The original questionnaire contained socio-demographic questions regarding among others: gender, age, and year of studies. It made it possible to collect information used for an in-depth characterization of the study group.

In this study, the dependent variable was the strategy of coping with stress, while the independent variables were: the level of dispositional optimism, the sense of generalised self-efficacy, the sense of life satisfaction, the intensity of the perceived stress, teacher’s support, satisfaction with the stay in the hospital ward, and the year of the study.

Data collection

The study was conducted in the 2018/2019 academic year among people studying nursing at the first-degree level at the Faculty of Health Sciences Jagiellonian University Medical College.

At the design stage of the study, the criteria for inclusion in the study were established: studying nursing in full-time undergraduate studies, completion of clinical practice in hospital/clinic, and consent to participate in the study. The approval of the bioethics Committee of the Jagiellonian University was obtained prior to the research. The participants were informed about the confidentiality and anonymity of the study, that participation in the study was voluntary, and that it was possible to withdraw/refuse to cooperate at any stage of the study.

Questionnaires were distributed to the students during meetings that took place before the lectures. During the meetings, the participants were informed about the purpose of the study and the method of completing the questionnaire. Research team members distributed 450 questionnaires to all undergraduate students in the 2018/2019 academic year who met the inclusion criteria.

The participants of the study returned a total of 315 questionnaires (70% of all 450 questionnaires distributed). Eight questionnaires were rejected due to a significant lack of data, which made the analysis impossible. Ultimately, 307 questionnaires were used for the final analysis.

Statistical methods

The analysis was performed with the use of IBM SPSS Statistics 20. The obtained raw results were entered into the database as coded data. During the analysis of the collected research material, statistical methods were used allowing for the development of results and conclusions. The analysis used the independence test chi2, the Kruskal-Wallis test, and the Spearman correlation coefficient. The choice of non-parametric tests was dictated by the lack of normal distribution of variables and the above was checked with the Kolmogorow-Smirnow and Shapiro – Wilk test. The comparison of the values of quantitative variables in the three groups was performed using the Kruskal-Wallis test. Correlation between quantitative variables was analysed using Spearman’s rank correlation coefficient.

The strength of dependence was interpreted according to the following formula: |r| ≥ 0.9 – very strong correlation; 0.7 ≤ |r| < 0.9 – strong correlation; 0.5 ≤ |r| < 0.7 – medium correlation; 0.3 ≤ |r| < 0.5 – small correlation; |r| < 0.3 – very small correlation (negligible). The study also used linear regression carried out with the stepwise method. Regression was calculated separately for each strategy of coping with stress. The obtained raw results were entered into the database as encoded data. A significance level of 0.05 was assumed [38].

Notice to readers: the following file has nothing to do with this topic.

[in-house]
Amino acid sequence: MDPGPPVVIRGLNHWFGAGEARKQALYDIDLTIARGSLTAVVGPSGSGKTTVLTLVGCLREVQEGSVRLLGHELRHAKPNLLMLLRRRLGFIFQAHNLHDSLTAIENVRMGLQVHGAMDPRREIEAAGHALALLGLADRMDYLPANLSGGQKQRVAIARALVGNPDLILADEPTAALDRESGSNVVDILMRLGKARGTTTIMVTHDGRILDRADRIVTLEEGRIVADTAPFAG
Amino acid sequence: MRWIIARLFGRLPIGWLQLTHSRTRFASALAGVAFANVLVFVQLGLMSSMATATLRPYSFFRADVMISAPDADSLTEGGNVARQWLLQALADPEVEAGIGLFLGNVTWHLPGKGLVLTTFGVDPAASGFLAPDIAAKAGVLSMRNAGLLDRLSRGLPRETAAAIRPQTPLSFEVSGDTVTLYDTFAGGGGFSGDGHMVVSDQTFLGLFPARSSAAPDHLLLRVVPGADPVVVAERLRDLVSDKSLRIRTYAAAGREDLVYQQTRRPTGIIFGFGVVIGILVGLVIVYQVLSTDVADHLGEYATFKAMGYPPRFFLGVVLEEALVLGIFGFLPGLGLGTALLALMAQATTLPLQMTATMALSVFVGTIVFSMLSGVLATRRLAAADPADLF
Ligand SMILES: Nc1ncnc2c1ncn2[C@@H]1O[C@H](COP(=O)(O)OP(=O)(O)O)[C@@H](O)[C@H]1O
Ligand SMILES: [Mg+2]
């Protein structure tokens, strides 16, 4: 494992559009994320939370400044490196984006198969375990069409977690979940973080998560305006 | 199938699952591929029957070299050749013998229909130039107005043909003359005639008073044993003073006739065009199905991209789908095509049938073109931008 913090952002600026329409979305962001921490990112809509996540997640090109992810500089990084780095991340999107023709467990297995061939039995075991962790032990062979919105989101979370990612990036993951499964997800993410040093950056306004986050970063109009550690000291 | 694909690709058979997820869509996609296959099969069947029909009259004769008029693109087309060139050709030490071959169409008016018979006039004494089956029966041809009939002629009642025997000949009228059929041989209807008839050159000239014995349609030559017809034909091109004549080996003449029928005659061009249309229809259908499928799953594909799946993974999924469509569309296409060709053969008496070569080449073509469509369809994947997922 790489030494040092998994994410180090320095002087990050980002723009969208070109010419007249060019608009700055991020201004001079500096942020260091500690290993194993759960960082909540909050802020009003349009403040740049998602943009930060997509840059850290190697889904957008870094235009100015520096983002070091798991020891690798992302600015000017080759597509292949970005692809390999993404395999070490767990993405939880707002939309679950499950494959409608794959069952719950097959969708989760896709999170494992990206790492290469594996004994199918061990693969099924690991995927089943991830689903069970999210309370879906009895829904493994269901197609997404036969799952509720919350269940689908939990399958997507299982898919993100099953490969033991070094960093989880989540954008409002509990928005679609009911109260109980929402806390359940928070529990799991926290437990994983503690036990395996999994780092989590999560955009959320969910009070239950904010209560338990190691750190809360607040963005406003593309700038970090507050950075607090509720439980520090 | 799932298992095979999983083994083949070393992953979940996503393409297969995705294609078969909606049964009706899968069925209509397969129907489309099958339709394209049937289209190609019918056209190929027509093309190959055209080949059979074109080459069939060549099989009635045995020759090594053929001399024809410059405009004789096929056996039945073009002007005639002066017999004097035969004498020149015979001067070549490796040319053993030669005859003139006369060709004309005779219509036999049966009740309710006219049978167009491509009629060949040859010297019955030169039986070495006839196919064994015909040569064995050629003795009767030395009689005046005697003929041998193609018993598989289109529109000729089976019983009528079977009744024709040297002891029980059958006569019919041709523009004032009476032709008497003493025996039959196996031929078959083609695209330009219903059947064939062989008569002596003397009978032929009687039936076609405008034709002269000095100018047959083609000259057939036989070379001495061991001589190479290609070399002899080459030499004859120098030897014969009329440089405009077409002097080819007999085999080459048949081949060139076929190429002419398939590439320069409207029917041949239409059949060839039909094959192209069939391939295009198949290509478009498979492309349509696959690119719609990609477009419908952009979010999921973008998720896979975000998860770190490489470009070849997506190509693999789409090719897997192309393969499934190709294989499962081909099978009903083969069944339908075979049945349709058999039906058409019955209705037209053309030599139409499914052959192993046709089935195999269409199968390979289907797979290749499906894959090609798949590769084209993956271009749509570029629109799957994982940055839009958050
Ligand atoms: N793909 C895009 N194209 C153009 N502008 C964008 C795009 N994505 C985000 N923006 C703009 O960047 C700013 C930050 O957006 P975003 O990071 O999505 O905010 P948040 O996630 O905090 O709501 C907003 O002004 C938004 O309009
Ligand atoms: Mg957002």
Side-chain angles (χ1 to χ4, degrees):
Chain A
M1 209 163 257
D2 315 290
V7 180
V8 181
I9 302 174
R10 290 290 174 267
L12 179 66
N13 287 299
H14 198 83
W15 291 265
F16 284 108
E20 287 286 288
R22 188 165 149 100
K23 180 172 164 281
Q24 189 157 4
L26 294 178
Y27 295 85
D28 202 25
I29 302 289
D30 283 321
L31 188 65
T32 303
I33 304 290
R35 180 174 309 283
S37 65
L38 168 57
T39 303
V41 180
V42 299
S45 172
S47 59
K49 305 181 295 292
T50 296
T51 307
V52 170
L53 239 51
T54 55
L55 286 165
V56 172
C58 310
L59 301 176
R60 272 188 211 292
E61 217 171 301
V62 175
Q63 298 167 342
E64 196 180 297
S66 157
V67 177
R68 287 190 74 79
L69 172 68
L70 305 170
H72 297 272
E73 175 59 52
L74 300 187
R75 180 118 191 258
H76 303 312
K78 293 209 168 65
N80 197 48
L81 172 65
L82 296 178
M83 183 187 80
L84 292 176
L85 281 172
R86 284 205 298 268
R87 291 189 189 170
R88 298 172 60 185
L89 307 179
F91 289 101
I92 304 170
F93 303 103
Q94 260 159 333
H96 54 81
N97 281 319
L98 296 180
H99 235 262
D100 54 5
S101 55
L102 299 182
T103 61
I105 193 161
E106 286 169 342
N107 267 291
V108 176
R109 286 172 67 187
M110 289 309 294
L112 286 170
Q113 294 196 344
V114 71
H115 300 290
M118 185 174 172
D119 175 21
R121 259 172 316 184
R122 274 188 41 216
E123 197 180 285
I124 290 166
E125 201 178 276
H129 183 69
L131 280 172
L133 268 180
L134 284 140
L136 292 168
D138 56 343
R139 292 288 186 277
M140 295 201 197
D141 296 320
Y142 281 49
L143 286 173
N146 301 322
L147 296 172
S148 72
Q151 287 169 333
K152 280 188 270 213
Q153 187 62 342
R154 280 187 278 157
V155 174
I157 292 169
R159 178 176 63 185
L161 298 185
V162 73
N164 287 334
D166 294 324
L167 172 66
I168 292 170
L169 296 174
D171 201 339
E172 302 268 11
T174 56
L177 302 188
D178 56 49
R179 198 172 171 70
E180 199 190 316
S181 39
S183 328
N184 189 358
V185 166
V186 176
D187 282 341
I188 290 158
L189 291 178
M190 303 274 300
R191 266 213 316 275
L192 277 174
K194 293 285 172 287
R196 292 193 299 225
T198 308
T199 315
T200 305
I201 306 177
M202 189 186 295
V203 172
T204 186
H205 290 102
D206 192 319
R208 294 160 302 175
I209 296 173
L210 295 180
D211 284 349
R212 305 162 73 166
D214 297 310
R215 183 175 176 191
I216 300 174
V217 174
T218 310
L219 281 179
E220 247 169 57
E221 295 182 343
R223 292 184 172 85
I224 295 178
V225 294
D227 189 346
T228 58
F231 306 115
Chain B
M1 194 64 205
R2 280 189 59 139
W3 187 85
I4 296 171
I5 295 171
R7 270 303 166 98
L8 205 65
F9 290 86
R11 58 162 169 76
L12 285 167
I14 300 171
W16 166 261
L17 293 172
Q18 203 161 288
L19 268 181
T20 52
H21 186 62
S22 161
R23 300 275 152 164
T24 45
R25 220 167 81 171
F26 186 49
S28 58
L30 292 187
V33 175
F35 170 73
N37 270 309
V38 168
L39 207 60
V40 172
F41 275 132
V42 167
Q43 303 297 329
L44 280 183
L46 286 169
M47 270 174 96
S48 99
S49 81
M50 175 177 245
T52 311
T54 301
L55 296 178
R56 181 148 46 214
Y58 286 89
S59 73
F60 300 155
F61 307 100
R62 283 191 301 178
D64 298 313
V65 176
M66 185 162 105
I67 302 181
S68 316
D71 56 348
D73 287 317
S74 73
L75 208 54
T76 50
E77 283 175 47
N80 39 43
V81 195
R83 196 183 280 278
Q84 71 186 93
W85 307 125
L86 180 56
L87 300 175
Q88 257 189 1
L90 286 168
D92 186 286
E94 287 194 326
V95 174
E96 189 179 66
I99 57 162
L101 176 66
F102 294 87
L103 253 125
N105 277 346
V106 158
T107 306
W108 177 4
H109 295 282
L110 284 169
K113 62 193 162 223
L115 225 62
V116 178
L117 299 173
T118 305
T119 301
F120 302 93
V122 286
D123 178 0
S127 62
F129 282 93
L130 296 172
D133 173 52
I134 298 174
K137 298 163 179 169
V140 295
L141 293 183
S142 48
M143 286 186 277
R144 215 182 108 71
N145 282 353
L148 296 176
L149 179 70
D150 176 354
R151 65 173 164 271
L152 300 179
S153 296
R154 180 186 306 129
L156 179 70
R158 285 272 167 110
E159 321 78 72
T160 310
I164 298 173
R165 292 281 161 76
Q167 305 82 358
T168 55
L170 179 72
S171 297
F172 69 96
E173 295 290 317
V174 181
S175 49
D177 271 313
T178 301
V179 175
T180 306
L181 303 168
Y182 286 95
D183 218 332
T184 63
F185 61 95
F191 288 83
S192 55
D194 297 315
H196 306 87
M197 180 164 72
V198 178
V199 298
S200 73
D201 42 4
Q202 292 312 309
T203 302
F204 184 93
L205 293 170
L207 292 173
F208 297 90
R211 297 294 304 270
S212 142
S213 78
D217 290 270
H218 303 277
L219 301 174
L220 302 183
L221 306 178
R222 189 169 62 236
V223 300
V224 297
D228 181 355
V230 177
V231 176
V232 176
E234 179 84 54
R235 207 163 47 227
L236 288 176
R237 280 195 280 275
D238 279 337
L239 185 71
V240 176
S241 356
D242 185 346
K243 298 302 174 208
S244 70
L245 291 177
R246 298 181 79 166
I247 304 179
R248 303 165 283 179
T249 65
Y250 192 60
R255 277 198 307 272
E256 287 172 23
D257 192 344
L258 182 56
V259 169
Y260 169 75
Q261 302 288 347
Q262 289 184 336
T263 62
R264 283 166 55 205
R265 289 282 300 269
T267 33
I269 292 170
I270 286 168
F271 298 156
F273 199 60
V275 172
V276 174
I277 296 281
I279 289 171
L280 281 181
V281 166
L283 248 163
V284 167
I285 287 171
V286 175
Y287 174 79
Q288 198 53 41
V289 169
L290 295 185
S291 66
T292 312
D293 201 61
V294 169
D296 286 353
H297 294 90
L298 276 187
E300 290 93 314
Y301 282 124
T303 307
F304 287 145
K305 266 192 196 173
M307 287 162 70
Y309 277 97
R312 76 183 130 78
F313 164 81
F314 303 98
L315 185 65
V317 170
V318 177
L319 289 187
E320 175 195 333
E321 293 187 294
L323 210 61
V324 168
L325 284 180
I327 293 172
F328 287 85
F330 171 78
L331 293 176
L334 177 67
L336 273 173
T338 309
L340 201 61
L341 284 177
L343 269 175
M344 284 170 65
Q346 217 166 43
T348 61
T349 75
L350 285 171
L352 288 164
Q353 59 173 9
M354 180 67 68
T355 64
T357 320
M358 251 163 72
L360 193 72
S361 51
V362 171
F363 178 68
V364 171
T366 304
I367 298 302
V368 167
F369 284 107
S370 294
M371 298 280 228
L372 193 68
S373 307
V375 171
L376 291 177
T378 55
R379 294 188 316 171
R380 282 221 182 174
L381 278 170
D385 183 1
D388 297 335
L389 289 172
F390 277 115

Ethical considerations

The research was approved by the Bioethics Committee – No. of approval: 072.6120.208.2018.

Students were informed of the confidentiality and anonymity of the study, that their participation was voluntary and that they may cease to cooperate at any time during the study.

The study was conducted in accordance with the principles of the Helsinki Declaration. All of the collected data are stored as protected files accessible according to the regulations of the General Data Protection Regulation [39, 40].

Results

Characteristics of the study group

The study group consisted of 307 people who met the inclusion criteria for the study, 96.1% of whom were women (N = 295) and 3.9% men (N = 12). The average age of the respondents was 20.82 ± 1.53. with their age ranging from 19 (N = 49) to 34 (N = 1). The average age of the women was 20.78 ± 1.33, while the average age of the men was 21.92 ± 4.06. 20- and 21-year-olds constituted the largest age groups (N = 90 i.e. 29.3% and N = 86. i.e. 28.0% respectively) 20.2% of the participants were 22 years old (N = 62), and few were slightly older than 20 years old (N = 20. i.e. 6.5%). Freshmen constituted 40.1% of all the respondents (N = 123), 37.5% of the participants were sophomores (N = 115) and 22.5% were juniors (N = 69) (Table 1).

Table 1 Sociodemographic data of the study group

The dispositional optimism of the students - LOT-R

A pessimistic attitude was presented by 30.0% of the students (N = 92). The average level of life orientation concerned 37.8% of the respondents (N = 116). In the case of 32.2% of people (N = 99) the life attitude was optimistic. The mean score of the LOT-R test was 14.43 ± 3.80 points and the scores were in the range of 2–24 points. Freshmen (38.21%) had a more optimistic attitude than other groups. The most pessimistic attitude among the respondents was presented by juniors (p = 0.017) (Table 2).